Gospel of Luke

From Conservapedia
Jump to: navigation, search

The Gospel of Luke is called "the most beautiful book ever written."[1] It is the first historian's account of the life of Jesus, as written in perfect Greek.[2] Luke did not claim to be an eyewitness, but instead one who has "carefully investigated everything from the beginning" (Luke 1:3 ) who wanted to "write an orderly account" so that the Greek man Theophilus (or the entire world, as the name means "loved by God") would "know the certainty of the things" he had been taught. (Luke 1:3-4) The author Luke was a Gentile, as confirmed by Paul at Colossians 4:11,14. The Gospel of Luke is the 3rd and longest Gospel (indeed, the longest book in the entire New Testament), placed after Matthew and Mark and before the Gospel of John. Papyrus 4 and Papyrus 75 are two early surviving scrolls of this Gospel. Luke implies the existence of Gospels before his in Luke 1:1-3 : "Inasmuch as many have undertaken to compile a narrative of the things that have been accomplished among us ... it seemed good to me ... to write an orderly account."

Unique to the Gospel of Luke are:

The witnesses to Jesus on the road to Emmaus were not any of the Apostles or Mark, and thus only the historian (Luke) could describe that encounter.

Luke was probably inspired by the Epistles to the Hebrews, which is perhaps the best-written Greek work in all of history, and which some of Luke's writings (especially parts of the Acts of the Apostles) appear to imitate in style and word choice. Luke is considered one of the synoptic gospels and Luke is generally considered to have borrowed from Mark as one of his sources, as did Matthew. It is unknown if Matthew or Luke borrowed from each other or which came first; some material is common to Matthew and Luke but not found in Mark.


This tenth-century Egyptian codex was donated to Pope Eugenius IV by the Coptic delegates at the Council of Ferrara-Florence. Translated from a Coptic original, it is one of the earliest Arabic versions of any part of the New Testament, none of which can be dated before the late eighth or ninth centuries.

The Gospel of Luke does not name its author, but as a companion volume to the book of Acts, it can be inferred by the use of "we" when describing part of Paul's journeys that the author traveled with Paul and Luke, the doctor, becomes the most likely candidate. The extremely sophisticated Greek of Luke also argues for a man who was very educated as does his attention to detail and the medical language in use matches that of other ancient Greek doctors. The ancient church father Irenaeus ascribed the work to Luke as does the Muratorian Canon. It is also mentioned by Clemente of Alexandria.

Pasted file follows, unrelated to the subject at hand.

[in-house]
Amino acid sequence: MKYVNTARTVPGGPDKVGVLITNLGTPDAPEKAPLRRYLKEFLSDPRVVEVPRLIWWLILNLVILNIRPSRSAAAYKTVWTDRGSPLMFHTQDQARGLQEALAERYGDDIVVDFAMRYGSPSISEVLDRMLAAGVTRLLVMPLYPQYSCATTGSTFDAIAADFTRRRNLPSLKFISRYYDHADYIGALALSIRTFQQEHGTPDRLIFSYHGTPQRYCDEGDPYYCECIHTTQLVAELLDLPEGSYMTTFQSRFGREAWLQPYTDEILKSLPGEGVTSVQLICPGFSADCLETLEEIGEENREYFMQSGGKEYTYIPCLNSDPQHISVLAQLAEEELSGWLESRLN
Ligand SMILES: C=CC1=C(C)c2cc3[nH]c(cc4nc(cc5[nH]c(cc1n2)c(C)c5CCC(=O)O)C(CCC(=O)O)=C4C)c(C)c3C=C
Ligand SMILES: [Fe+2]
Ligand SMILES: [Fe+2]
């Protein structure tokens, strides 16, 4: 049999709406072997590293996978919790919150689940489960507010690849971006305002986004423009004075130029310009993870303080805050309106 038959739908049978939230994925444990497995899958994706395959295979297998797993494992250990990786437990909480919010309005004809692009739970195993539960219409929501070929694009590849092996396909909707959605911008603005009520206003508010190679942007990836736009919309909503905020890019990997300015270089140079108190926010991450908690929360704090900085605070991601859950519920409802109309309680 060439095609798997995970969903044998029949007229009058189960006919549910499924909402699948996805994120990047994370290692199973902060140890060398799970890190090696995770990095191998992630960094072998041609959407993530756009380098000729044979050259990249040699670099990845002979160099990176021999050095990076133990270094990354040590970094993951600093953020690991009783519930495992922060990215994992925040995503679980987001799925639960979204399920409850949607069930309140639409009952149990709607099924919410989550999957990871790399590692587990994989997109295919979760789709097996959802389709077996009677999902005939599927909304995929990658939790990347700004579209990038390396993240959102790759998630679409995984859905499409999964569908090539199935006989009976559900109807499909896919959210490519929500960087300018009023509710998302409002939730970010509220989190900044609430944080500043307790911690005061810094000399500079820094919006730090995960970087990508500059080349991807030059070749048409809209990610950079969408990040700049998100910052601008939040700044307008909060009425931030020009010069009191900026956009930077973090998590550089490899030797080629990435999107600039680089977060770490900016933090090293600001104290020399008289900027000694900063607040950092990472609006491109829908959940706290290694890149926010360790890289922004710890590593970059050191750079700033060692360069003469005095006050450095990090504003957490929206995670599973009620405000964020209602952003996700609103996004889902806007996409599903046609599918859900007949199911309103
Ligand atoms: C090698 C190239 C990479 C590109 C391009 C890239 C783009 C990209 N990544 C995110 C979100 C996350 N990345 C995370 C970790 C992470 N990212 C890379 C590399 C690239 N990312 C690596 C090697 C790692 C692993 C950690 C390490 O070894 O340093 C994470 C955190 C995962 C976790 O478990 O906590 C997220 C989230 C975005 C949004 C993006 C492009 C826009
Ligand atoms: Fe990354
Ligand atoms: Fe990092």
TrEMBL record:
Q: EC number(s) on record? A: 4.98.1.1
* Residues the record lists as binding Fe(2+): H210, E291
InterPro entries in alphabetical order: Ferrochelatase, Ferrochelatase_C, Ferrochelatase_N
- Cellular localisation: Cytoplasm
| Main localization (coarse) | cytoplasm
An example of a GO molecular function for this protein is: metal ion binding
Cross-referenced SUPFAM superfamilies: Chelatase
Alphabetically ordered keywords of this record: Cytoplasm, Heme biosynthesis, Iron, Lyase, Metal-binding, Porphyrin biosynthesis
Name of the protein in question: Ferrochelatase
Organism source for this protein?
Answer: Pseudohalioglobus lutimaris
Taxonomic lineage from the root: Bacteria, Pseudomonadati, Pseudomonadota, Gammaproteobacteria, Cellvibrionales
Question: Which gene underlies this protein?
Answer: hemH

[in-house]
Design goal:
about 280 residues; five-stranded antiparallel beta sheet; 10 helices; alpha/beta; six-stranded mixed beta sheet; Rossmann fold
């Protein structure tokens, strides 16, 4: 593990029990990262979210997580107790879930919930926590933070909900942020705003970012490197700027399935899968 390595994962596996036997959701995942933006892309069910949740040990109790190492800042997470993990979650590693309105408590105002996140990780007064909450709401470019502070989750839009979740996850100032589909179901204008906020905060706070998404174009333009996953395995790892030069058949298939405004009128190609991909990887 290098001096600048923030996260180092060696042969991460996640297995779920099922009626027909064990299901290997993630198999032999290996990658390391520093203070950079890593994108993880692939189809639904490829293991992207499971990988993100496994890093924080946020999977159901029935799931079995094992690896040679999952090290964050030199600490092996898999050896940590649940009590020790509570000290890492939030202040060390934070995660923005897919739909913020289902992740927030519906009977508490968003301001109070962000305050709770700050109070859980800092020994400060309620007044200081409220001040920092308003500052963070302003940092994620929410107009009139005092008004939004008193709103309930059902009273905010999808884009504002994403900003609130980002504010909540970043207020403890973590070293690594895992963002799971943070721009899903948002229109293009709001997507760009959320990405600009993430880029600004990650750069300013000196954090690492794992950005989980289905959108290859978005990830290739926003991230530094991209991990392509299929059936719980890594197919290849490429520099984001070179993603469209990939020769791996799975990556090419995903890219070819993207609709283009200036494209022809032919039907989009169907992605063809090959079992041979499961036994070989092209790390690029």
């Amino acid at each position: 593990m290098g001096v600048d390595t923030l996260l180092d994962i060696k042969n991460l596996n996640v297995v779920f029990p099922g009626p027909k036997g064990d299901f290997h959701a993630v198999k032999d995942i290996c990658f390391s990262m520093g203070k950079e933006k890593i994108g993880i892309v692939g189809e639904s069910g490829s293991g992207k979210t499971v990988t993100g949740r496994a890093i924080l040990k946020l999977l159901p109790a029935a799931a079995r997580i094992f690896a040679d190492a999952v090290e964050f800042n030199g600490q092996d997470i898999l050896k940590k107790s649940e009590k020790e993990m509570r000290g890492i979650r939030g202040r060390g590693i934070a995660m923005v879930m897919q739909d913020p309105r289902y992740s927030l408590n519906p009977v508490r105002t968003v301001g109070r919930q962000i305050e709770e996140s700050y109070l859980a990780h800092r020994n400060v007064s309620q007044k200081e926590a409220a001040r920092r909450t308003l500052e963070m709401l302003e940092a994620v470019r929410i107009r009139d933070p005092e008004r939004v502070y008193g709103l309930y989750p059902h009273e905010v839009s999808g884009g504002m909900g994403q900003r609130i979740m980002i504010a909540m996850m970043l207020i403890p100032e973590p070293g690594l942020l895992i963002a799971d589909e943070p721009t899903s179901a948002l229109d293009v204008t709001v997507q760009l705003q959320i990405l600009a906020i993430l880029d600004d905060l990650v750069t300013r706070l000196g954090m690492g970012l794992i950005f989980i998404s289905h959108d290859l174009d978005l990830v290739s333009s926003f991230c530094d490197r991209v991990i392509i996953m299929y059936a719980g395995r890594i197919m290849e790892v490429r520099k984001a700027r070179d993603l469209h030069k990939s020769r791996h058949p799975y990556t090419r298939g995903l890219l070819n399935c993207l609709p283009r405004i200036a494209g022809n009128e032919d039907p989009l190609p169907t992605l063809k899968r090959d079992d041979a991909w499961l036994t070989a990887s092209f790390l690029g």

Place of Writing

Based on the descriptions of places in Palestine, it is generally assumed that the reader was unfamiliar with that land. It's not known where Luke was written, but it is assumed it is outside of Palestine and to an audience that is non-Jewish.


The Gospel of Luke is generally believed to have been written in the A.D. 70's or 80's, but it is also possible it was written in the late 50's or early 60's based upon the abrupt ending in Acts. Columbia University researchers estimate a date of authorship of A.D. 85 (plus or minus five or ten years), when Roman Emperor Domitian reigned.[4]

The arguments for an earlier date include the following:

  • Why wouldn't Luke have continued the history in Acts if he had written it later?
  • Why wouldn't he have mentioned the martyrdom of Paul?
  • Why is there no mention of the fall of Jerusalem (which took place in 70 A.D.)?

See also


  1. See, e.g., NRSV Study Bible at 1502.
  2. The Gospel of Luke is the finest Greek among the Gospels, while the Epistle to the Hebrews is the finest Greek in all of literature.
  3. Luke 24:13-35.
  4. https://www.college.columbia.edu/core/node/1754#:~:text=The%20Gospel%20According%20to%20Luke,middle%20of%20the%20third%20century.